- All teenagers are impulsive, reckless thrill-seekers. This has less to do about teenagers than it does about differences in personality. Videos and informational media would have you think that youth have very little judgement. Of course, there’s something to be said for the true science of it–a teenage brain is not an adult brain; plenty of development has yet to occur in the frontal lobe, and there’s other neuropsychological science that would take another full blog post to explain. Nevertheless, there are differences among us with still-developing brains, just as there are differences among adults. Some teenagers are very thoughtful, and are not drawn to binge-drinking vodka mixed with caffeine powder. Binge-watching Netflix is a different story (see point number 1). We have the ability to think critically and evaluate our decisions. To assume that we don’t is to imply that we’re not responsible for our own actions.
- Teenagers are whiny kids who need to quiet down about their problems. This one irks me. Problems are problems. Sure, some of us are prone to exaggeration–but aren’t we all? Aren’t we all a little melodramatic sometimes? Melodrama stems from real pain. What pains one person may not pain another. What is a struggle for one seems easy for somebody else. Accusing a teenager–or anyone, for that matter–of just being whiny is a pretty insensitive thing to do. Nobody should quiet down about their problems. Talking about pain and struggle, no matter how insignificant it may appear, is healthy. It’s also a bad idea to immediately assume that a teenager’s problem is “just drama.” Social drama is a part of some of our lives, but pain extends beyond that. And it must be noted that over 1 in 5 young people (ages 9 to 17) lives with some sort of mental illness. Take us seriously.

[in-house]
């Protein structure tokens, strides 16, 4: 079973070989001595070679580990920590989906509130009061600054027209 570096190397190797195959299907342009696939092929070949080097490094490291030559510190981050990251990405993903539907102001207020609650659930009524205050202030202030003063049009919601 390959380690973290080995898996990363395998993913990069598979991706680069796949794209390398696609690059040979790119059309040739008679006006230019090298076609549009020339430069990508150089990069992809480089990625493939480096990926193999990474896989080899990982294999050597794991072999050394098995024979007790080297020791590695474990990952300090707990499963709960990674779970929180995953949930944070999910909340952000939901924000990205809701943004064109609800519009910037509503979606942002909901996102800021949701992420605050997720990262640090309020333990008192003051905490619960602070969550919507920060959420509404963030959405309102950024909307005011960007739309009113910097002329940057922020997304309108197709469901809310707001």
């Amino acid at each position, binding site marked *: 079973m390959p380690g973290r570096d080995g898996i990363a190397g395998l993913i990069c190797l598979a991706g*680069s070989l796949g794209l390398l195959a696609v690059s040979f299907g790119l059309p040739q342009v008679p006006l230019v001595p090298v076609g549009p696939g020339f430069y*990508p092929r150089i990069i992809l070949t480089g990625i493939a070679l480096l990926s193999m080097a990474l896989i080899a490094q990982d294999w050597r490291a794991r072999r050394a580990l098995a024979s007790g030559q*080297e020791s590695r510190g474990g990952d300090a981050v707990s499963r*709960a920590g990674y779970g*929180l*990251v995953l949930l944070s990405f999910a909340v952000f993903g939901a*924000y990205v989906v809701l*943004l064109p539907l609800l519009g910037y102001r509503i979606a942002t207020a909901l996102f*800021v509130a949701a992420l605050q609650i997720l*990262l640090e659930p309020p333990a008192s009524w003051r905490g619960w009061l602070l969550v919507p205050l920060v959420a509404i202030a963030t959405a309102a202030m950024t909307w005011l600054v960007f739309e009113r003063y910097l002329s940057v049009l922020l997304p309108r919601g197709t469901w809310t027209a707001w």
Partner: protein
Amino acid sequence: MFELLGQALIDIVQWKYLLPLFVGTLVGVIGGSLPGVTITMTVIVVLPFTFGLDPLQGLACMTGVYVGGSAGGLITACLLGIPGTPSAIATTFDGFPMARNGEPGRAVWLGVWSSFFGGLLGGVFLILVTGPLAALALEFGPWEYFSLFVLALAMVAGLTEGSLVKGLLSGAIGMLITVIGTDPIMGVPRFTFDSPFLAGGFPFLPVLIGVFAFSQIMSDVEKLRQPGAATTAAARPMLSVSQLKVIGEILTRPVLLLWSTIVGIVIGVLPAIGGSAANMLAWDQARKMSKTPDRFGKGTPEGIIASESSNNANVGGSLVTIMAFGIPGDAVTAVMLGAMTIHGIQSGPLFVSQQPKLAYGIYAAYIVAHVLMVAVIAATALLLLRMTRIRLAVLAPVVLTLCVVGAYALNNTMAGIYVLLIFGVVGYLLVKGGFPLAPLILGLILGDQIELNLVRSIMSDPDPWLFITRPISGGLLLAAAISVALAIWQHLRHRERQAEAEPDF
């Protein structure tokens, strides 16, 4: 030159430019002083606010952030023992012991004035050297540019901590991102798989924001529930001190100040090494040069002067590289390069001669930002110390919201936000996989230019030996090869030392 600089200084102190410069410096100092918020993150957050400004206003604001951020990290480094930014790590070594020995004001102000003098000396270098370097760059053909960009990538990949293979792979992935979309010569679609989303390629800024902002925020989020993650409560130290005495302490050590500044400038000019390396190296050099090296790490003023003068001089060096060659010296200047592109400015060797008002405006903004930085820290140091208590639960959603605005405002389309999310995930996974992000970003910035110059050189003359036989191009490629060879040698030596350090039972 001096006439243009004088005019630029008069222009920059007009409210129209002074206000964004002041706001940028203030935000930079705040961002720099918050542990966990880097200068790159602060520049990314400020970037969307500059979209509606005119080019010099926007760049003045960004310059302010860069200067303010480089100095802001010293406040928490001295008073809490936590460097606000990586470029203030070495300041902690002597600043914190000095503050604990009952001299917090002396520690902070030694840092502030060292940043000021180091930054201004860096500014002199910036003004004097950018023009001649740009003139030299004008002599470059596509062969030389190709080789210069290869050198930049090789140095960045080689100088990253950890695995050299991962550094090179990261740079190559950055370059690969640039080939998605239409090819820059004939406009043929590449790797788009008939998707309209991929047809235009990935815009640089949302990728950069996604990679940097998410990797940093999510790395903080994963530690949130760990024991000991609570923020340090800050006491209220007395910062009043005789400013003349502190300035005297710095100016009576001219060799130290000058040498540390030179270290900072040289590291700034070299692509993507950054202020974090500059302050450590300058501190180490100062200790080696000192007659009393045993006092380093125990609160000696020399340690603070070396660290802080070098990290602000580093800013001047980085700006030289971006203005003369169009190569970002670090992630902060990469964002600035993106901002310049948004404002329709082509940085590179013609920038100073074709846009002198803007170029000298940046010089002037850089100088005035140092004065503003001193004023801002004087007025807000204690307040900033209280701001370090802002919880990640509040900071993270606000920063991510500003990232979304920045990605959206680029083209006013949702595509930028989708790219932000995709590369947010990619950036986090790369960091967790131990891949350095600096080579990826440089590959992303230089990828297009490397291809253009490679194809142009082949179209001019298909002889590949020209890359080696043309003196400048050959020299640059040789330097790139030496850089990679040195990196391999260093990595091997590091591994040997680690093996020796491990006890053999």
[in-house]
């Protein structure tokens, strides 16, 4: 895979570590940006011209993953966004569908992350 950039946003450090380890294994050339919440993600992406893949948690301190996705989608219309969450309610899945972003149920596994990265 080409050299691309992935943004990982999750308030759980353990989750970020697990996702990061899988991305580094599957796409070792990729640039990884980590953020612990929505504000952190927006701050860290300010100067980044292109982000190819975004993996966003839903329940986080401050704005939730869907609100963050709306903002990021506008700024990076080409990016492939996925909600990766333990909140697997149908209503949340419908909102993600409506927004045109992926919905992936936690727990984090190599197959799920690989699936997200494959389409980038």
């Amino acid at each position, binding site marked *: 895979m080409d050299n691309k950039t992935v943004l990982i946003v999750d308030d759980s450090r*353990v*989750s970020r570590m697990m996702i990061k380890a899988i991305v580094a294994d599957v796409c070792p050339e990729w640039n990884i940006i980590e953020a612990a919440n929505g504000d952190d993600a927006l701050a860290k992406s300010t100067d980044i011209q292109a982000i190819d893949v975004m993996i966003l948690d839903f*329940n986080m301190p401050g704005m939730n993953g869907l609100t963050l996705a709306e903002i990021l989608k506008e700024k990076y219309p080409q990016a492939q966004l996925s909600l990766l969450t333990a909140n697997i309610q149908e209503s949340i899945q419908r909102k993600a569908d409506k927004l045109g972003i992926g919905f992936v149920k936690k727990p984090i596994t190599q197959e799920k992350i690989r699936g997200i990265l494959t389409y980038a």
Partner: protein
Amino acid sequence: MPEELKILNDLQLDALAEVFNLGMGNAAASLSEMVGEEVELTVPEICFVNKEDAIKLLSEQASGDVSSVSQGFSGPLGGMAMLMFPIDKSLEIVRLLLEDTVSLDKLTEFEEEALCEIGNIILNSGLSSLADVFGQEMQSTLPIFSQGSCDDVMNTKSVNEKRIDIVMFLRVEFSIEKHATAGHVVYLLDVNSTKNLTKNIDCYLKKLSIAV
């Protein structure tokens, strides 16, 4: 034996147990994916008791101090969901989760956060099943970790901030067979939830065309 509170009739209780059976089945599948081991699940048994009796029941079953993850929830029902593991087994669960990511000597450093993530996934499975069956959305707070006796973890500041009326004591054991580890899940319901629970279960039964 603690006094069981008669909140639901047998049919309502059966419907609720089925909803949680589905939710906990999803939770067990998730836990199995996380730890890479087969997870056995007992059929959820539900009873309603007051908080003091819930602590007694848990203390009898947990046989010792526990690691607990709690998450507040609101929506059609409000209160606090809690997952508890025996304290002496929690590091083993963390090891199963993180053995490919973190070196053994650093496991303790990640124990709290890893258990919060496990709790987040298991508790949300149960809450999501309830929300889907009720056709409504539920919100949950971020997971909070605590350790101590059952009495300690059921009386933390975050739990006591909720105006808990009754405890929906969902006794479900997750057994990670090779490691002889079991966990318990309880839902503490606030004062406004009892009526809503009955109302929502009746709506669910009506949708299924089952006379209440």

- Teenagers are hopeless. Of course, nobody would outright say this, but I hear it implied all the time. “This generation is doomed. Are these the people who will be taking care of us when we’re old? What has life come to?” All of my previous points feed into this. Stereotypes and generalizations that paint teenagers in a bad light certainly do make the future seem bleak. That’s why we need to recognize the truth about young people. That’s why we need to choose to have faith in future generations. We’re not lost.
*I’ve written this post from my own perspective using my own observations, conclusions, and personal experiences. I can’t speak for every teenager. I’m blessed to live in a moderately safe area with a loving and pretty well-off environment. I’ve been raised up in a wonderful public education system and an academically and musically-centered family. I’m naturally a frugal and easygoing type of person, and I don’t have an enormous social circle to base things off of. All of these factors affect how I see the world; therefore, this post has been written through my own lens. While I do my best to examine things externally and objectively, it can’t be denied that I’m still a human being who’s heavily influenced by personal experience.